Roll Call: Latest News on Capitol Hill, Congress, Politics and Elections
November 24, 2014

Ralph Hall Heads to Runoff; Sessions, Veasey Defeat Primary Challengers

Rep. Ralph M. Hall, R-Texas, will face a late-spring runoff against a self-funded primary challenger.

As election results poured into the Lone Star State on Tuesday night, it was clear that freshman Rep. Marc Veasey, a Democrat, and Rep. Pete Sessions, a Republican, would be all-but-certain to return to Congress for another term.

Across the state, Sen. John Cornyn, R-Texas, easily defeated Rep. Steve Stockman, R-Texas. There will be a runoff for Stockman’s seat in the 36th District.

All primary runoff races will take place on May 27.

4th District
Hall had 45 percent of the vote, five points below the threshold to avoid a runoff, when the Associated Press called the race. His GOP opponent, attorney John Ratcliffe, had 30 percent of the vote with 22 percent of precincts reporting.

A Texas Republican operative had ominous words earlier Tuesday for 90-year-old Hall’s political future if he was forced into a runoff.

“My theory is if Ralph has to go to a runoff, he’s already lost,” the Republican said. “If a majority of the electorate votes against him, that’s a serious problem for Ralph Hall.”

Hall announced in December that this was his last race, but he has made that pledge several times before. Still, this cycle was expected to be his toughest re-election challenge in decades.

Ratcliffe ran an organized, self-funded effort. He spent about $400,000 of his own money as of his latest fundraising report.

This race is rated Safe Republican by Rothenberg Political Report/Roll Call.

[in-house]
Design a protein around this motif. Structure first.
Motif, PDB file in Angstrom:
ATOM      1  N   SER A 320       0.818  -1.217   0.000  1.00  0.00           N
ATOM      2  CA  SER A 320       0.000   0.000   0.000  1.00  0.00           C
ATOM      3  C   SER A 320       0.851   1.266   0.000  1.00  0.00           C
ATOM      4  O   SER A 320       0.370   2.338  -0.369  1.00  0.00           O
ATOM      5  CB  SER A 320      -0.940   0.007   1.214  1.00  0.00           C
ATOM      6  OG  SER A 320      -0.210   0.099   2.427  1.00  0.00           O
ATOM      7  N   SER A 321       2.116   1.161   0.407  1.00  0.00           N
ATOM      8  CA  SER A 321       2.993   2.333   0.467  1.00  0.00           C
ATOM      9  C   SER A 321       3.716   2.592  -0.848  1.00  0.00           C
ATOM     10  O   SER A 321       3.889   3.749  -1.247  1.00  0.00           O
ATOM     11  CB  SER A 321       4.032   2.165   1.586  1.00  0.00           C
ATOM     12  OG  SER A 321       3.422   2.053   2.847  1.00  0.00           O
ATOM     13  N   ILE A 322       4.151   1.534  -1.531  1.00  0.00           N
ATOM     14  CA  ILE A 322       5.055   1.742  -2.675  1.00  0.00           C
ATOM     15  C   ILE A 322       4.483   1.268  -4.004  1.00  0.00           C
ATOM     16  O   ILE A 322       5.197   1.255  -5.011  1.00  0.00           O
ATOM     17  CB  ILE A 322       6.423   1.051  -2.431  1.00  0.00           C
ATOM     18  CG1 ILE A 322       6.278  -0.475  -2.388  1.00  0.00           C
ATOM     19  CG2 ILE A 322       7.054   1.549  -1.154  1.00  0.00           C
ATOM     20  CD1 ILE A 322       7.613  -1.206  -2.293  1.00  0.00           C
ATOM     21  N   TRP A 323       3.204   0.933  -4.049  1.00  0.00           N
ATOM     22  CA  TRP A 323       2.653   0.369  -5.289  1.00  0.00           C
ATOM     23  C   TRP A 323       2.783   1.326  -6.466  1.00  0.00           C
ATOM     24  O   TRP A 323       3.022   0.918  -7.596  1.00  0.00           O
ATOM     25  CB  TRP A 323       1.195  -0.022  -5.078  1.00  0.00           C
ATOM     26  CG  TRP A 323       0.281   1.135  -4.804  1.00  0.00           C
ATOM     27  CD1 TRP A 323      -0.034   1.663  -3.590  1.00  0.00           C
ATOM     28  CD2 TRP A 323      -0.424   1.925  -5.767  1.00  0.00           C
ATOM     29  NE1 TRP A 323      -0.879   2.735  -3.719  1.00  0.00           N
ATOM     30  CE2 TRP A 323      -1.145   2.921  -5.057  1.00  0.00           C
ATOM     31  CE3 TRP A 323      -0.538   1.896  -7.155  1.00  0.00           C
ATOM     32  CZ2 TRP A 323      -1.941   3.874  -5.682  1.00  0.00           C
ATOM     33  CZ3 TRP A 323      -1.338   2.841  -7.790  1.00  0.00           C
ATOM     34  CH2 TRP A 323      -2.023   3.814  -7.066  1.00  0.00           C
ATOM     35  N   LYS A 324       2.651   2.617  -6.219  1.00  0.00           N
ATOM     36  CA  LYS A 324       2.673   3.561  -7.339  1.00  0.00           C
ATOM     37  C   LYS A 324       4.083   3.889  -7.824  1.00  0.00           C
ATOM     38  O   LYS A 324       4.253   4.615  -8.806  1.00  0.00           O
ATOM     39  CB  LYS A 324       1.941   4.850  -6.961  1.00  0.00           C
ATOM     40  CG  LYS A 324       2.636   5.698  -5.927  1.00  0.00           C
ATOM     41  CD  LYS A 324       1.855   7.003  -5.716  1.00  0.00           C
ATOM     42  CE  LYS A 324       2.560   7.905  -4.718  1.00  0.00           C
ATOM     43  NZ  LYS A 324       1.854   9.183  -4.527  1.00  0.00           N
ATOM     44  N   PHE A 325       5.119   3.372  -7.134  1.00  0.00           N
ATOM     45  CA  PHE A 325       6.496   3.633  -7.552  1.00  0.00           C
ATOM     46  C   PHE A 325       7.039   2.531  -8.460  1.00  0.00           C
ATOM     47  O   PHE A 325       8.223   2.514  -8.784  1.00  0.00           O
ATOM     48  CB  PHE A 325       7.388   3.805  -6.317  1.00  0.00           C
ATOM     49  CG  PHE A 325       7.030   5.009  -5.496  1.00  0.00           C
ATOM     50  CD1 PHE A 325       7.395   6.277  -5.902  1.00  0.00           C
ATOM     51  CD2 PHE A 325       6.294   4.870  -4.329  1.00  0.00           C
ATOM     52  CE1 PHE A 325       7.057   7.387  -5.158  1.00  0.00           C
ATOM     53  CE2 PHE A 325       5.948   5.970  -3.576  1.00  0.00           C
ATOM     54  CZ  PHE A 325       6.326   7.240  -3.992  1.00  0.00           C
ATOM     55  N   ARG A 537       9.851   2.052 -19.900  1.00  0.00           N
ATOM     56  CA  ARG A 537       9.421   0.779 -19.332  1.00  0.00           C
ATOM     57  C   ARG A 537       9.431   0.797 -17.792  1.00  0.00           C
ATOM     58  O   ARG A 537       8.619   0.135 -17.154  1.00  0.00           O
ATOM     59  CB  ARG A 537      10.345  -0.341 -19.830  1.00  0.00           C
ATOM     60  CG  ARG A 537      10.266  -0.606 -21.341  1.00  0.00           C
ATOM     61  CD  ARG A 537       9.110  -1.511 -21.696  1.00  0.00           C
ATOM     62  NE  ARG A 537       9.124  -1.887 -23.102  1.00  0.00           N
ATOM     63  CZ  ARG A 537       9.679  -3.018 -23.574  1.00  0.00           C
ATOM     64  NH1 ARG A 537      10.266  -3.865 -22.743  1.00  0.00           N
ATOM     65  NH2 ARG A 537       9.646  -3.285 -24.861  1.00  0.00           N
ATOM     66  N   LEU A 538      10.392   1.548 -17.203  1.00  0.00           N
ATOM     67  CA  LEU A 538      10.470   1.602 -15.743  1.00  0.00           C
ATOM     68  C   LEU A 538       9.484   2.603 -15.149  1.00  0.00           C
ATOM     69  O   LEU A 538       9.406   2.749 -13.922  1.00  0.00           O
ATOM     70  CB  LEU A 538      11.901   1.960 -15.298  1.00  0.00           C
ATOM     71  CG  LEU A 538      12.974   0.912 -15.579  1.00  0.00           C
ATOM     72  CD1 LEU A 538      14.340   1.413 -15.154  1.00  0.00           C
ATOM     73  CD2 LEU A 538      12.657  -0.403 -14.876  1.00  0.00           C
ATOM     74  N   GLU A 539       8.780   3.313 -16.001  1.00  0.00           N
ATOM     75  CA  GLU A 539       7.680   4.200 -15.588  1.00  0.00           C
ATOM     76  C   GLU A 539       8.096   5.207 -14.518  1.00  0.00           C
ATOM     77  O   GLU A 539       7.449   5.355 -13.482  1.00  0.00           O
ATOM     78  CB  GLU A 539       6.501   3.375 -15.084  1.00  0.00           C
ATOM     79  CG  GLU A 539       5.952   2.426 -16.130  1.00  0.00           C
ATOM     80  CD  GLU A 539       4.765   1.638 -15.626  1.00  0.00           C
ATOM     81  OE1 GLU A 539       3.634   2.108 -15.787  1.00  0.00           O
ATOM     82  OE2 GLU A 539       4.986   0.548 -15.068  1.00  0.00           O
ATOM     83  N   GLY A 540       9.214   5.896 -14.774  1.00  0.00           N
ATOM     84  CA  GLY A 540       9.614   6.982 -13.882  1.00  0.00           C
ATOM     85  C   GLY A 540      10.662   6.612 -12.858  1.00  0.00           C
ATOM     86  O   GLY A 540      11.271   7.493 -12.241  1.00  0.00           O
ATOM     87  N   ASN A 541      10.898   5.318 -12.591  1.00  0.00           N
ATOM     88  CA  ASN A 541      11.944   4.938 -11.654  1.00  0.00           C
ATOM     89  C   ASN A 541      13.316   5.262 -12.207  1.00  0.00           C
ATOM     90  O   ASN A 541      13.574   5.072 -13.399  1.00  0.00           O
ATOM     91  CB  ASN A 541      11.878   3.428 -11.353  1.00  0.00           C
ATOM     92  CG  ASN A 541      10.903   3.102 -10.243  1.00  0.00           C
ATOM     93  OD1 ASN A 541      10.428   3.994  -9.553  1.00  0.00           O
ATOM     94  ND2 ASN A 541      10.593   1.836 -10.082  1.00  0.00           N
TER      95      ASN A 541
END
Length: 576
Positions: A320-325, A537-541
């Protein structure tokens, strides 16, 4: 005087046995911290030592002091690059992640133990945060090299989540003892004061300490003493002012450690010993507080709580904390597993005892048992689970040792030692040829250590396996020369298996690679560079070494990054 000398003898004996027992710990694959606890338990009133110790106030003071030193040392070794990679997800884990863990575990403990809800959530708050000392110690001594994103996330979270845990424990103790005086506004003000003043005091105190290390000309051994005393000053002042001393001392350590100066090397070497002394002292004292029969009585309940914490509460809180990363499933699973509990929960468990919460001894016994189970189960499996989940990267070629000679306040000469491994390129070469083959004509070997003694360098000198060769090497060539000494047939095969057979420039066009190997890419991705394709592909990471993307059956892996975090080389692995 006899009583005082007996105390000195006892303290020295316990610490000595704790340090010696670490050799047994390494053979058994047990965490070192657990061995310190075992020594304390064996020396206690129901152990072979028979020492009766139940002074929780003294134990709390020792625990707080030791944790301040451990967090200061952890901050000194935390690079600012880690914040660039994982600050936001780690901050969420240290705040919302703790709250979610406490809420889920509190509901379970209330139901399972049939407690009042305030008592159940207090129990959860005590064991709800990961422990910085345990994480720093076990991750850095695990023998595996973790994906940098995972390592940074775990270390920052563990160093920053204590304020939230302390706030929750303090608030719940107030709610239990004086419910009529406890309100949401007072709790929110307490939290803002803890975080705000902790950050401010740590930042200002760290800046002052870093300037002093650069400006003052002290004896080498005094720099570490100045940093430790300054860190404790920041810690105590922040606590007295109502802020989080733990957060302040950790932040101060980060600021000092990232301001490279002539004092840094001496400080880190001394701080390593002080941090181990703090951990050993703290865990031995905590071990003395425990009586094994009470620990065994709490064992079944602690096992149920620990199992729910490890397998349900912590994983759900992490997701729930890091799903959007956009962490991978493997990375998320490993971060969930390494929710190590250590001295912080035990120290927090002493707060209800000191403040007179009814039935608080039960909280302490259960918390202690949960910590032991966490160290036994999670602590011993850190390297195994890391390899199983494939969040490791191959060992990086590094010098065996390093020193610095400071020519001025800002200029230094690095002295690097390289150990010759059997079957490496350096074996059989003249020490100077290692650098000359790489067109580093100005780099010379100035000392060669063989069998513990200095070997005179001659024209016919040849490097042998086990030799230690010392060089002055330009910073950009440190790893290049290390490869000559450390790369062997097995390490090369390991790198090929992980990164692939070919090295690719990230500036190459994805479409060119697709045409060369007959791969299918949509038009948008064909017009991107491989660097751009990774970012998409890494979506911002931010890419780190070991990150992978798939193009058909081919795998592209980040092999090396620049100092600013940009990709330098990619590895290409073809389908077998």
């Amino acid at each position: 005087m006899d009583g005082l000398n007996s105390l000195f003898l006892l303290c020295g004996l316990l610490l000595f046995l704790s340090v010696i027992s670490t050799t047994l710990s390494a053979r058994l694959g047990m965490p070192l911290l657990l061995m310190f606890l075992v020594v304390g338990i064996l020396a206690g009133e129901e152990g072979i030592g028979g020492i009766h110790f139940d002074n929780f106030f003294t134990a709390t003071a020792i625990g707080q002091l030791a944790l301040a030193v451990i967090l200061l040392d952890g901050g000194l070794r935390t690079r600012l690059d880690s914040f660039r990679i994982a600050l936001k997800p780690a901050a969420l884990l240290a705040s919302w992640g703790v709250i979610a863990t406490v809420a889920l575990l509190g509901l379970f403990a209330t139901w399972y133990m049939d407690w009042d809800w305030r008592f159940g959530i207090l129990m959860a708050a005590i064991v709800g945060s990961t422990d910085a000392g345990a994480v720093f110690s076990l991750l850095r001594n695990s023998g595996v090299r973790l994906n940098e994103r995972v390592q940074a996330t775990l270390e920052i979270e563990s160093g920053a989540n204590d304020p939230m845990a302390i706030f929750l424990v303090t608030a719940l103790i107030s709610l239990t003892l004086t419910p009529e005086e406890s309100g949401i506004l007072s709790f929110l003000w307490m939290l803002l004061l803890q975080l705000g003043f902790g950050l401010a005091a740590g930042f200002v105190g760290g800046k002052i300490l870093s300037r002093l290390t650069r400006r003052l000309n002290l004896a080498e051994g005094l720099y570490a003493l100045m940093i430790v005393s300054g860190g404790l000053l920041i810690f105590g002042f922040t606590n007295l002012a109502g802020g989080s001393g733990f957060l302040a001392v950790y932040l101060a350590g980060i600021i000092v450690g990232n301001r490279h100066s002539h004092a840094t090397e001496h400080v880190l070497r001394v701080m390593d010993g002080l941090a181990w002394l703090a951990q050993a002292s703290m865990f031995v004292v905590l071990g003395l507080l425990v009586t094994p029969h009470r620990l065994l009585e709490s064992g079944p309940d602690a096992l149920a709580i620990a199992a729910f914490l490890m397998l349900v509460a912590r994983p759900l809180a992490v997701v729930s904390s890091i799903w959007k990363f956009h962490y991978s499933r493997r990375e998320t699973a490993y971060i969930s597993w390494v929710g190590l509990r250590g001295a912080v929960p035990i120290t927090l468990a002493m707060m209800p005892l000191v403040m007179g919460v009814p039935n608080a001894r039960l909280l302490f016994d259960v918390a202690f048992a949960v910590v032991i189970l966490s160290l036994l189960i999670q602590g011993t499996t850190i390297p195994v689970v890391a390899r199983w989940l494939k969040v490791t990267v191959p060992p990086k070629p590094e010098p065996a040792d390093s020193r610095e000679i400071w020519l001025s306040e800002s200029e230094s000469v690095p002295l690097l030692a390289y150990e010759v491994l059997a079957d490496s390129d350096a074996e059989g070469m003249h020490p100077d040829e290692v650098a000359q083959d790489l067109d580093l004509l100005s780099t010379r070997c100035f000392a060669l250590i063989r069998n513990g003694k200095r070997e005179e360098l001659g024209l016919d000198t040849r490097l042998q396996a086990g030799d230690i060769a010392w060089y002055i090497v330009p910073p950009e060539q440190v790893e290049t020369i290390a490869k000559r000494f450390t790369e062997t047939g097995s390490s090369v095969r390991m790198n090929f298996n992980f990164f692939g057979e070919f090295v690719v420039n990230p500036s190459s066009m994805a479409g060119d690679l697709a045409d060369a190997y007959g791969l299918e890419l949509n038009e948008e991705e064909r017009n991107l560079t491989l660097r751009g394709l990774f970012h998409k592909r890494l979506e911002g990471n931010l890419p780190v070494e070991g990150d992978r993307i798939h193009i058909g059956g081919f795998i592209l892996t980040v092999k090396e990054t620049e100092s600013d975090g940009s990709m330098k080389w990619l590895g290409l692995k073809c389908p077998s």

23rd District
Former Rep. Francisco “Quico” Canseco received 41 percent of the vote when the Associated Press called the race, with 58 of precincts reporting. Ex-CIA officer Will Hurd has 40 percent of the vote so far.

The pair will advance to the runoff.

The GOP nominee will face freshman Rep. Pete Gallego, a Democrat, this fall in the Lone Star State’s most competitive House district.

This race is rated Leans Democratic by Rothenberg Political Report/Roll Call.

33rd District
In the race for Texas’ 33rd District, Veasey led his opponent with 74 percent of the vote, with 0 percent of precincts reporting at the time the Associated Press called the race.

His Democratic challenger is Tom Sanchez, who spent over $1 million of his own money in an effort to oust Veasey. This race is rated Safe Democrat by Rothenberg Political Report/Roll Call.

32nd District
Sessions defeated a tea party rival, Katrina Pierson, who had the backing of FreedomWorks and former Alaska Gov. Sarah Palin in the race for Texas’ 32nd District.

Sessions had 69 percent of the vote when the Associated Press called the race. Pierson had 31 percent of the vote.

Pierson earned national attention for her race, but few Texas Republican operatives said that Sessions faced any real challenge in the primary.

This race is rated Safe Republican by Rothenberg Political Report/Roll Call.

36th District
Former Woodville Mayor Brian Babin and businessman Ben Streusand will advance to the runoff to succeed Stockman, who ran for Senate.

Babin led a crowded field with 35 percent, with 27 percent of precincts reporting at the time the Associated Press called the race. Streusand trailed him with 24 percent of the vote.

The GOP nominee will all the but certainly win the seat in November.

This race is rated Safe Republican by Rothenberg Political Report/Roll Call.

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